A woman was diagnosed with stage 4 colon cancer three years ago. After having surgery, radiation and chemotherapy, doctors discovered she has seven tumors that threatened her life.
Celine Ryan is being referred to as an historic figure in medicine (c) today.com
51-year-old Celine Ryan from Michigan is an engineer and a mother of five. She read about a clinical trial using gene therapy at the National Cancer Institute in Bethesda, Maryland, and decided she'd try. Ryan thought the treatment would be a birthday present to herself.
The tests led by Dr. Steven Rosenberg, a leading researcher in immunotherapy at the institute, brought miracles to Ryan's life.
Though jumping into trials initially had issues because of her tumors that though numerous, weren't large enough for the form of treatment being tested. Ryan finally accepted to undergo therapy in March 2015.
The treatment, gene therapy, involves removing cells from a tumor, your body's own cancer-fighting cells, and then multiplying them by billions in a lab. The cells will be brought back to the body to fight the tumor.
Gene therapy freed Ryan from the deadly disease (c) today.com
Ryan spent more than a month in the hospital. She has undergone several trials, testing and procedures. After more or less 30 days of rigorous treatment, six of her seven tumors had completely disappeared. The last tumor started to grow eight or nine months later, but was removed remove through surgery.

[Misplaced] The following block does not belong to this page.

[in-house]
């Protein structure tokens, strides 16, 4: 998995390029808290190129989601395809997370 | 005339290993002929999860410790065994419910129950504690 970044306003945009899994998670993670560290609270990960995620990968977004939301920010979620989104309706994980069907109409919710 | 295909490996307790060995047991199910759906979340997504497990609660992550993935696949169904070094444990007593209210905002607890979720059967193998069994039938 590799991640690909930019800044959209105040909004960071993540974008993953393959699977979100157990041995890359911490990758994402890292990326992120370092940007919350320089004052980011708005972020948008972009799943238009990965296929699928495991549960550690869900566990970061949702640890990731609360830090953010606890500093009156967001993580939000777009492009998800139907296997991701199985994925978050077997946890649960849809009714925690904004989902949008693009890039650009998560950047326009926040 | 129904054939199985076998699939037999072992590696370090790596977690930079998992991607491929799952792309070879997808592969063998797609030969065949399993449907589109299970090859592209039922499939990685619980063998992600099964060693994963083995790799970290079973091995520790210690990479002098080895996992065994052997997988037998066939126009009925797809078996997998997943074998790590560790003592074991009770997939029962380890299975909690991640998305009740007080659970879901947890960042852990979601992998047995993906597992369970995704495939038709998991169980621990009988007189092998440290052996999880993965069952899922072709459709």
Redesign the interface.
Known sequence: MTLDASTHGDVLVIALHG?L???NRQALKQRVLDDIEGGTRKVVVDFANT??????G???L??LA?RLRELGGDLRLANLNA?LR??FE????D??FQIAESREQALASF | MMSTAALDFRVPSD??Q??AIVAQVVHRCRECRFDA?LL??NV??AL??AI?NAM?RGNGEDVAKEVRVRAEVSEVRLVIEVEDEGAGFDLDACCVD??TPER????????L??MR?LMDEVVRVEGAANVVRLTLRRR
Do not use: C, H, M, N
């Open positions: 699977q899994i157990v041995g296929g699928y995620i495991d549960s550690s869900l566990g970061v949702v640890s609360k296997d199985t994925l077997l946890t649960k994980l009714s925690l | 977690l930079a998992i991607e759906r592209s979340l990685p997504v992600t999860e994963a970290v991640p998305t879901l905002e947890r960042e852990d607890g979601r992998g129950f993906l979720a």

Ryan was lucky because the technique isn't widely available for now, and not all patients will have the same positive results.
"Many have not responded," Rosenberg said in statement
. "But from every patient that we treat, whether... their cancers go away or not, we learn something."
The success was due to Ryan's unusual genetic makeup. Researchers were able to identify how to attack the mutation that causes common cancers. This experimental treatment may not be the solution for everyone, but for Ryan, it resulted to her freedom from the disease for more than 10 months.
"We can do, and are planning to do, that kind of gene therapy using the exact receptor we got from Celine's cells to treat other people," Rosenberg explained.